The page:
12 Coverings of the Heart The outer parietal layer adheres to the internal surface of the fibrous pericardium At the superior reflection of the heart, the parietal layer is continuous with the visceral layer of the serous pericardium or epicardium

13 Coverings of the Heart The visceral layer, also called the epicardium, is an integral part of the heart wall The two-layer membrane conforms around the heart much like pushing your fist into a double layer membrane with an air pocket in between

14 Coverings of the Heart Between the two layers of serous pericardium is the slitlike pericardial cavity The cavity contain pericardial fluid The serous membranes, lubricated by fluid, glide smoothly against one another during heart activity, creating a relatively friction-free environment

15 Inflammation Inflammation of the heart can lead to serious problems –Pericarditis / hinders production of serous fluid production causing the heart to rub –Cardiac tamponade / inflammatory fluid seep into the pericardial cavity, compressing the heart and limiting its ability to pump blood

16 Layers of the Heart Wall The heart wall is composed of three layers –Superficial layer of epicardium –Middle layer of myocardium –Deep layer of endocardium All three layers are richly supplied with blood vessels

17 Layers of the Heart Wall The epicardium is the visceral layer of the serous pericardium The epicardium is often infiltrated with fat, especially in older people

18 Layers of the Heart Wall The myocardium is the layer of cardiac muscle that forms the bulk of the heart It is the layer that actually contracts The myocardium’s elongated circularly spirally arranged muscle cells squeeze the blood though the heart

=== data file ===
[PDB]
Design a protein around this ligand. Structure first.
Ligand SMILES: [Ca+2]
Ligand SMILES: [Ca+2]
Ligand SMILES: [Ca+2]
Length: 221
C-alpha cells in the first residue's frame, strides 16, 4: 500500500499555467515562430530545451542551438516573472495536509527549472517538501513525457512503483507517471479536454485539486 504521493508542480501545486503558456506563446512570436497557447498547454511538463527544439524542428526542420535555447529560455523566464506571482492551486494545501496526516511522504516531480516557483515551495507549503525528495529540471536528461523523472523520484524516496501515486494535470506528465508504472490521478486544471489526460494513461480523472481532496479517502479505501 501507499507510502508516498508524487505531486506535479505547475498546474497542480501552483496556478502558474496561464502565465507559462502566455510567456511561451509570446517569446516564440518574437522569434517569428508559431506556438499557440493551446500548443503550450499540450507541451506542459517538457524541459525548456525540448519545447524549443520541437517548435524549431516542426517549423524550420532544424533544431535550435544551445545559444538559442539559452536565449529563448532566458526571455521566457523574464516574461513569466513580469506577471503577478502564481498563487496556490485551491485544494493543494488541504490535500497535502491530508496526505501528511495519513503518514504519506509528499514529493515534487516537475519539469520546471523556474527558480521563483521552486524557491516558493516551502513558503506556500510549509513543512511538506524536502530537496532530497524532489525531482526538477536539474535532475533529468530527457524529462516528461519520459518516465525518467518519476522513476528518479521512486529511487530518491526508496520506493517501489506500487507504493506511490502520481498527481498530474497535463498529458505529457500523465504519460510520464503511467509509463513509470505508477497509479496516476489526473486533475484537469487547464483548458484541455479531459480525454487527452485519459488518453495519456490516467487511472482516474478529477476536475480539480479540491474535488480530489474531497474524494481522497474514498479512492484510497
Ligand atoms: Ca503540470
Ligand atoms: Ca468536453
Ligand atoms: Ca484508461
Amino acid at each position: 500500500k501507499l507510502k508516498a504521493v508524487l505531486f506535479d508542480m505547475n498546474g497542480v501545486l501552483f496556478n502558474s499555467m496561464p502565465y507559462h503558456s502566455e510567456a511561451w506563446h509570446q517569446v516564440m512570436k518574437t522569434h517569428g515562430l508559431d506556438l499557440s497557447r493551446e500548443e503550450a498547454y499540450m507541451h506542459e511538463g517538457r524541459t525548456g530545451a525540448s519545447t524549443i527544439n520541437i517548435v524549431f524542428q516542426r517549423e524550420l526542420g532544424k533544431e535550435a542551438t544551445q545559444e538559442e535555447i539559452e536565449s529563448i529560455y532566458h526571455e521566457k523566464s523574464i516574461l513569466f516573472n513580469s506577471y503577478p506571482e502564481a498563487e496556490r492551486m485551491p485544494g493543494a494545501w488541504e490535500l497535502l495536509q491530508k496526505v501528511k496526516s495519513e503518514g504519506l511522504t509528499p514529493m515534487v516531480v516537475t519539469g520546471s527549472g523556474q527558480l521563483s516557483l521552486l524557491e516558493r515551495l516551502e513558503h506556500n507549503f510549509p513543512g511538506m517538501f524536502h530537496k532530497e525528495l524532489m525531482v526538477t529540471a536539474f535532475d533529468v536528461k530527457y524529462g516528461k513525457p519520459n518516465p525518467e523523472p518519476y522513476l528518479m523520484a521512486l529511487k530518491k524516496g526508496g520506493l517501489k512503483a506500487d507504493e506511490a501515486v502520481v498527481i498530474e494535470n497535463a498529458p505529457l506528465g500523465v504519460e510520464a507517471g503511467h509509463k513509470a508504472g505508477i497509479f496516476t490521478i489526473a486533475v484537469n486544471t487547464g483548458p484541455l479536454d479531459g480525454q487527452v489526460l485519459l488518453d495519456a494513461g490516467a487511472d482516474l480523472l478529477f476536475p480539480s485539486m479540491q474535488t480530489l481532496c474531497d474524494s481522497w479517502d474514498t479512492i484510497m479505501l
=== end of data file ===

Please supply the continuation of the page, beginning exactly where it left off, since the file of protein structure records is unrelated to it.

19 Layers of the Heart Wall Within the myocardium, the branching cardiac muscle cells are tethered to each other by crisscrossing connective tissue fibers also arranged in spiral or circular bundles These interlacing bundles effectively link all parts of the heart together

20 Layers of the Heart Wall The connective tissue forms a dense network called the internal skeleton of the heart It reinforces the myocardium internally and anchors the cardiac muscle This network of fibers is thicker in some areas than in others to rein- force valves and where the major vessels exit

21 Layers of the Heart Wall The internal skeleton prevents overdilation of vessels due to the continual stress of blood pressure Additionally, since connective tissue is not electrically excitable, it limits action potentials across the heart to specific pathways

22 Layers of the Heart Wall The endocardium is a glistening white sheet of endothelium (squamous epithelium) resting on a thin layer of connective tissue

23 Layers of the Heart Wall Located on the inner myocardial surface, it lines the heart chambers and covers the connective tissue skeleton of the valves The endocardium is continuous with the endothelial linings of the blood vessels leaving and entering the heart